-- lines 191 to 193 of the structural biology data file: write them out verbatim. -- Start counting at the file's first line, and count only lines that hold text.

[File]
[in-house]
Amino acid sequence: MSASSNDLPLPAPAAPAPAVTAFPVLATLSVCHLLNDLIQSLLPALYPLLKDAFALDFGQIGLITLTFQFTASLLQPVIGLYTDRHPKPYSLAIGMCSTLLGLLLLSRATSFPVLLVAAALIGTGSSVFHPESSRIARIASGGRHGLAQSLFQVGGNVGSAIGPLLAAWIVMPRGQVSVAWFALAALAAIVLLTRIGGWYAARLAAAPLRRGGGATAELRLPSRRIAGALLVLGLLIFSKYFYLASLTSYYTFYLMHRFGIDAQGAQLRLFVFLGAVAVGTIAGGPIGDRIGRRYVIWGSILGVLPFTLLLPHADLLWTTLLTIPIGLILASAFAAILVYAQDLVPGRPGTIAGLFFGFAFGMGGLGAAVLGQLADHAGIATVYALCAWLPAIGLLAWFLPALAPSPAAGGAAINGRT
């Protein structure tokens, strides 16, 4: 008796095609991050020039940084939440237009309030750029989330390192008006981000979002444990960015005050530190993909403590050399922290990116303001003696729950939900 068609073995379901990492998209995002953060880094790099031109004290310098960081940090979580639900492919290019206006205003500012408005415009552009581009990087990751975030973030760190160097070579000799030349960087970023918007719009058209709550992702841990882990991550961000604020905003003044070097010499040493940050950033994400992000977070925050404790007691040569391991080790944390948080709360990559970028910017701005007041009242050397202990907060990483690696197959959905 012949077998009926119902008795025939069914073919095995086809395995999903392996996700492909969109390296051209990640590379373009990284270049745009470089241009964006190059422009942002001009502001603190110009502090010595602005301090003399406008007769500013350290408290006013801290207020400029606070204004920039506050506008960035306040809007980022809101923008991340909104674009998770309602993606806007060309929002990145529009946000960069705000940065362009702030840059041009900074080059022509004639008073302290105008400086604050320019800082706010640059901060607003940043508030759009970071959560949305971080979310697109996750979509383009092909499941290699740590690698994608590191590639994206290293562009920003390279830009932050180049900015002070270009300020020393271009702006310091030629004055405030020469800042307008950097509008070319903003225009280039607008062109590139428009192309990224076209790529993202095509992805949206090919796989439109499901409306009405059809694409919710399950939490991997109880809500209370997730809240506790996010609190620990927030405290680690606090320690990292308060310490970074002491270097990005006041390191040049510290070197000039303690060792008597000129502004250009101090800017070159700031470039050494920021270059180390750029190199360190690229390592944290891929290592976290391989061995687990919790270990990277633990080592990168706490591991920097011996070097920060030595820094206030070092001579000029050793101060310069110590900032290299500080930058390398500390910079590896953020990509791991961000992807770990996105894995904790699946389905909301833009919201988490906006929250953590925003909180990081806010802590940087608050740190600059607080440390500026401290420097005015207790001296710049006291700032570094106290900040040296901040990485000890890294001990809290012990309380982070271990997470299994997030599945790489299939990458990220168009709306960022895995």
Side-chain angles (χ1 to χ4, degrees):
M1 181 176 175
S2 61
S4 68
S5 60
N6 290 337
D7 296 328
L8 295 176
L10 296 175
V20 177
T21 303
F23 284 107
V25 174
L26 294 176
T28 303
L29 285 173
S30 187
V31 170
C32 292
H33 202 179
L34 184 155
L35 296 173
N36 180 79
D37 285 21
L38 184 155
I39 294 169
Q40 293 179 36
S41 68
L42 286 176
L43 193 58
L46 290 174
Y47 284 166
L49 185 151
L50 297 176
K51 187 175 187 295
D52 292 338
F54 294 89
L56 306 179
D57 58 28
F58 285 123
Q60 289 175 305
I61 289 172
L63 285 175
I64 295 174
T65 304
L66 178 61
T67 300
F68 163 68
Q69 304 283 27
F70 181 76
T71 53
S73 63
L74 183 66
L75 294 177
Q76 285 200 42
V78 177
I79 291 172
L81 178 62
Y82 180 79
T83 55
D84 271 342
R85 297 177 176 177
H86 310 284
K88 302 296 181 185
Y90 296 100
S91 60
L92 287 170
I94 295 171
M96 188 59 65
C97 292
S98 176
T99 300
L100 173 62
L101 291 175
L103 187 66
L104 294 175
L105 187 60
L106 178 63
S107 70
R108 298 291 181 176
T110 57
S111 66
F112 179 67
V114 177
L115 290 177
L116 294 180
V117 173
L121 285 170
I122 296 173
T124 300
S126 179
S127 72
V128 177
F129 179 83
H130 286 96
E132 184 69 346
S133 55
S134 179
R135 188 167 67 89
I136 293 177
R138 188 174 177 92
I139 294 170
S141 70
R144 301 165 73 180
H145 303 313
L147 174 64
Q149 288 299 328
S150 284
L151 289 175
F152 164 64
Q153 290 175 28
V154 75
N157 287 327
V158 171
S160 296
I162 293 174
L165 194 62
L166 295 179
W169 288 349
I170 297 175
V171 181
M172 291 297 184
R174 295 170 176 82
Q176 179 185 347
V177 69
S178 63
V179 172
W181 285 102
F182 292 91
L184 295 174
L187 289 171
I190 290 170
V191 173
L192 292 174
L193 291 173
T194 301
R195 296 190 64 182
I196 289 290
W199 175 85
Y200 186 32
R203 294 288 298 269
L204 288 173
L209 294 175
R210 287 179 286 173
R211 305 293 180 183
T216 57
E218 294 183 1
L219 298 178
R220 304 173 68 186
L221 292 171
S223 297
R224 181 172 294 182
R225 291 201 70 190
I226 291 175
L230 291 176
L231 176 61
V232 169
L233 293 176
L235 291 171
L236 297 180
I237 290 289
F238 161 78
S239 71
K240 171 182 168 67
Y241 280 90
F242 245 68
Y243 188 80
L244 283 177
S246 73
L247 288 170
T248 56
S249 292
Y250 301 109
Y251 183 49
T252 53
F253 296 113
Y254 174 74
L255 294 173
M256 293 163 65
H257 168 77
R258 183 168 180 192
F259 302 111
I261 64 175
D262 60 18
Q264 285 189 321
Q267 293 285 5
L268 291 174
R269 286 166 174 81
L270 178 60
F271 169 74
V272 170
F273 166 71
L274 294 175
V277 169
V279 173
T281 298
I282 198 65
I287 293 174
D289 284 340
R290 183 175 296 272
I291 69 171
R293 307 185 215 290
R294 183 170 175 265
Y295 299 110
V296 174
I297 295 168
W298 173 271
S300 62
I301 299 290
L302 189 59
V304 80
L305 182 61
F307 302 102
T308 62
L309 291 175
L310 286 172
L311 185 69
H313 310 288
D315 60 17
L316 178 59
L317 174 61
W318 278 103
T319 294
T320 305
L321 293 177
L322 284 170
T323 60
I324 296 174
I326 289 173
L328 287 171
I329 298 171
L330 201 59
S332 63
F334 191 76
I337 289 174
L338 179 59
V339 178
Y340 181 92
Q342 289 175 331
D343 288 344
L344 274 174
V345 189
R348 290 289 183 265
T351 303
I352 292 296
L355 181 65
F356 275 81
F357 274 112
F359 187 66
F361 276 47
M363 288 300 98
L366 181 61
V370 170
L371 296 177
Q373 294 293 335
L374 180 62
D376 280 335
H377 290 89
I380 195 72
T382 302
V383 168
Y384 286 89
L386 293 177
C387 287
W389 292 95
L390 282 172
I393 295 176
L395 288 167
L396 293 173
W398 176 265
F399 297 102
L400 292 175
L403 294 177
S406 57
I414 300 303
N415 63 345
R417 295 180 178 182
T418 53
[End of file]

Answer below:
R269 286 166 174 81
L270 178 60
F271 169 74